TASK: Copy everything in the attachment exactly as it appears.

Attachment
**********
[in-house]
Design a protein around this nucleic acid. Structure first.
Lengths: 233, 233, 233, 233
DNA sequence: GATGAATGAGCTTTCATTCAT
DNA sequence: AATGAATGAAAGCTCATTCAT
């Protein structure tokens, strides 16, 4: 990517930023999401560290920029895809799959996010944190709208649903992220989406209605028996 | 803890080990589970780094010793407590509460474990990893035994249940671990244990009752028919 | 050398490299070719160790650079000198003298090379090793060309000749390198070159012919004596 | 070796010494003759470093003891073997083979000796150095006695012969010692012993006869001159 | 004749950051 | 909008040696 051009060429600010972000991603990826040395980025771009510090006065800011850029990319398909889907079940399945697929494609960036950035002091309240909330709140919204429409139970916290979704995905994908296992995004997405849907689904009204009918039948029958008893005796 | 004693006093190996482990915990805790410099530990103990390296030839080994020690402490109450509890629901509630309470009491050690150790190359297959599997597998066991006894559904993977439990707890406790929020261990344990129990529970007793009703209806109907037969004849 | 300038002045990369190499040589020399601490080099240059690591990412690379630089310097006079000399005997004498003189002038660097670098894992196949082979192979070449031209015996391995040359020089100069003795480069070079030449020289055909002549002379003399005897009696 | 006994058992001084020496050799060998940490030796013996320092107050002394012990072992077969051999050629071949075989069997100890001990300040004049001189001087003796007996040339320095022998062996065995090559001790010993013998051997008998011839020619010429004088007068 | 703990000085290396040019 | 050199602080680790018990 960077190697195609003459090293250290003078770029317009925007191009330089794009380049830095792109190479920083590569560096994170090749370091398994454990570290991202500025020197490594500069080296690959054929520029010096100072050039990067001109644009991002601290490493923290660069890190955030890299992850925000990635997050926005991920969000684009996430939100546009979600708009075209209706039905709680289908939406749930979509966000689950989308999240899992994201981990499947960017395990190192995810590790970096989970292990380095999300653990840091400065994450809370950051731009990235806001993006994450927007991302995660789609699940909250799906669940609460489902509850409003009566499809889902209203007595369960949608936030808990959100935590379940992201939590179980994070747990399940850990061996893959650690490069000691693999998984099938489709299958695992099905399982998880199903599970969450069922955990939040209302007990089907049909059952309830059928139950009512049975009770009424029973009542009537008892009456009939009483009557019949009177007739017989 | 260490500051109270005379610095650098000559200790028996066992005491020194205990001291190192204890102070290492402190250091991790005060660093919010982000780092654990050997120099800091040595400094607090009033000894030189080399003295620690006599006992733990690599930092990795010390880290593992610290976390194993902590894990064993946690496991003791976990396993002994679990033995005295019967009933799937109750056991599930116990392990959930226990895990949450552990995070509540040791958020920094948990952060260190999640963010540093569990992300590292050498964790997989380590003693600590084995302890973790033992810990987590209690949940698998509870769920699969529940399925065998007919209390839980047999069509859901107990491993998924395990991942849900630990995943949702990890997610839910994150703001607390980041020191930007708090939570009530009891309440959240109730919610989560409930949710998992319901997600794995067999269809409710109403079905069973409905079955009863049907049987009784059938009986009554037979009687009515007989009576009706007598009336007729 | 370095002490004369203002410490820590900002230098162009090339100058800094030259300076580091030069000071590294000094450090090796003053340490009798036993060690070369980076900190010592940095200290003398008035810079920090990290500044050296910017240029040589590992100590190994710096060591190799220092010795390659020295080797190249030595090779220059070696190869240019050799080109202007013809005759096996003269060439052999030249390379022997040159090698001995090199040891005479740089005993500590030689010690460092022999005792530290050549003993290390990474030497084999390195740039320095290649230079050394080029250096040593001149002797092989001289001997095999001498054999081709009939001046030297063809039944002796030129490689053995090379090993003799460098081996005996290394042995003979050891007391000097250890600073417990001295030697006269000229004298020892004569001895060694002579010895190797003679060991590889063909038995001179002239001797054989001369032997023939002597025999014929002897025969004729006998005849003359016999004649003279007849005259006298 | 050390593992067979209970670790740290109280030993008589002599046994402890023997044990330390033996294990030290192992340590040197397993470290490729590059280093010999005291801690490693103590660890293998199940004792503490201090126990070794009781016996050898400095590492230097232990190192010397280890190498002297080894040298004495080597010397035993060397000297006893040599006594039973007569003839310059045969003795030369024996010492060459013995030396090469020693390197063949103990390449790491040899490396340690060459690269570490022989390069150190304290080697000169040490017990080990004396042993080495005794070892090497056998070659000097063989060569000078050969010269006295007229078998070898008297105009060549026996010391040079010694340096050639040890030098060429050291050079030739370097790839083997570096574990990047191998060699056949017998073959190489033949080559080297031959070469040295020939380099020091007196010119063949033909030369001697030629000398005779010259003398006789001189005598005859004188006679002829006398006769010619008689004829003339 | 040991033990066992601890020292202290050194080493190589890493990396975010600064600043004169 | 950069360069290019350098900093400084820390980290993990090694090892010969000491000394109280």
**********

[in-house]
Design a protein around this nucleic acid. Structure first.
Lengths: 233, 233, 233, 233
DNA sequence: GATGAATGAGCTTTCATTCAT
DNA sequence: AATGAATGAAAGCTCATTCAT
């Protein structure tokens, strides 16, 4: 990517930023999401560290920029895809799959996010944190709208649903992220989406209605028996 | 803890080990589970780094010793407590509460474990990893035994249940671990244990009752028919 | 050398490299070719160790650079000198003298090379090793060309000749390198070159012919004596 | 070796010494003759470093003891073997083979000796150095006695012969010692012993006869001159 | 004749950051 | 909008040696 051009060429600010972000991603990826040395980025771009510090006065800011850029990319398909889907079940399945697929494609960036950035002091309240909330709140919204429409139970916290979704995905994908296992995004997405849907689904009204009918039948029958008893005796 | 004693006093190996482990915990805790410099530990103990390296030839080994020690402490109450509890629901509630309470009491050690150790190359297959599997597998066991006894559904993977439990707890406790929020261990344990129990529970007793009703209806109907037969004849 | 300038002045990369190499040589020399601490080099240059690591990412690379630089310097006079000399005997004498003189002038660097670098894992196949082979192979070449031209015996391995040359020089100069003795480069070079030449020289055909002549002379003399005897009696 | 006994058992001084020496050799060998940490030796013996320092107050002394012990072992077969051999050629071949075989069997100890001990300040004049001189001087003796007996040339320095022998062996065995090559001790010993013998051997008998011839020619010429004088007068 | 703990000085290396040019 | 050199602080680790018990 960077190697195609003459090293250290003078770029317009925007191009330089794009380049830095792109190479920083590569560096994170090749370091398994454990570290991202500025020197490594500069080296690959054929520029010096100072050039990067001109644009991002601290490493923290660069890190955030890299992850925000990635997050926005991920969000684009996430939100546009979600708009075209209706039905709680289908939406749930979509966000689950989308999240899992994201981990499947960017395990190192995810590790970096989970292990380095999300653990840091400065994450809370950051731009990235806001993006994450927007991302995660789609699940909250799906669940609460489902509850409003009566499809889902209203007595369960949608936030808990959100935590379940992201939590179980994070747990399940850990061996893959650690490069000691693999998984099938489709299958695992099905399982998880199903599970969450069922955990939040209302007990089907049909059952309830059928139950009512049975009770009424029973009542009537008892009456009939009483009557019949009177007739017989 | 260490500051109270005379610095650098000559200790028996066992005491020194205990001291190192204890102070290492402190250091991790005060660093919010982000780092654990050997120099800091040595400094607090009033000894030189080399003295620690006599006992733990690599930092990795010390880290593992610290976390194993902590894990064993946690496991003791976990396993002994679990033995005295019967009933799937109750056991599930116990392990959930226990895990949450552990995070509540040791958020920094948990952060260190999640963010540093569990992300590292050498964790997989380590003693600590084995302890973790033992810990987590209690949940698998509870769920699969529940399925065998007919209390839980047999069509859901107990491993998924395990991942849900630990995943949702990890997610839910994150703001607390980041020191930007708090939570009530009891309440959240109730919610989560409930949710998992319901997600794995067999269809409710109403079905069973409905079955009863049907049987009784059938009986009554037979009687009515007989009576009706007598009336007729 | 370095002490004369203002410490820590900002230098162009090339100058800094030259300076580091030069000071590294000094450090090796003053340490009798036993060690070369980076900190010592940095200290003398008035810079920090990290500044050296910017240029040589590992100590190994710096060591190799220092010795390659020295080797190249030595090779220059070696190869240019050799080109202007013809005759096996003269060439052999030249390379022997040159090698001995090199040891005479740089005993500590030689010690460092022999005792530290050549003993290390990474030497084999390195740039320095290649230079050394080029250096040593001149002797092989001289001997095999001498054999081709009939001046030297063809039944002796030129490689053995090379090993003799460098081996005996290394042995003979050891007391000097250890600073417990001295030697006269000229004298020892004569001895060694002579010895190797003679060991590889063909038995001179002239001797054989001369032997023939002597025999014929002897025969004729006998005849003359016999004649003279007849005259006298 | 050390593992067979209970670790740290109280030993008589002599046994402890023997044990330390033996294990030290192992340590040197397993470290490729590059280093010999005291801690490693103590660890293998199940004792503490201090126990070794009781016996050898400095590492230097232990190192010397280890190498002297080894040298004495080597010397035993060397000297006893040599006594039973007569003839310059045969003795030369024996010492060459013995030396090469020693390197063949103990390449790491040899490396340690060459690269570490022989390069150190304290080697000169040490017990080990004396042993080495005794070892090497056998070659000097063989060569000078050969010269006295007229078998070898008297105009060549026996010391040079010694340096050639040890030098060429050291050079030739370097790839083997570096574990990047191998060699056949017998073959190489033949080559080297031959070469040295020939380099020091007196010119063949033909030369001697030629000398005779010259003398006789001189005598005859004188006679002829006398006769010619008689004829003339 | 040991033990066992601890020292202290050194080493190589890493990396975010600064600043004169 | 950069360069290019350098900093400084820390980290993990090694090892010969000491000394109280």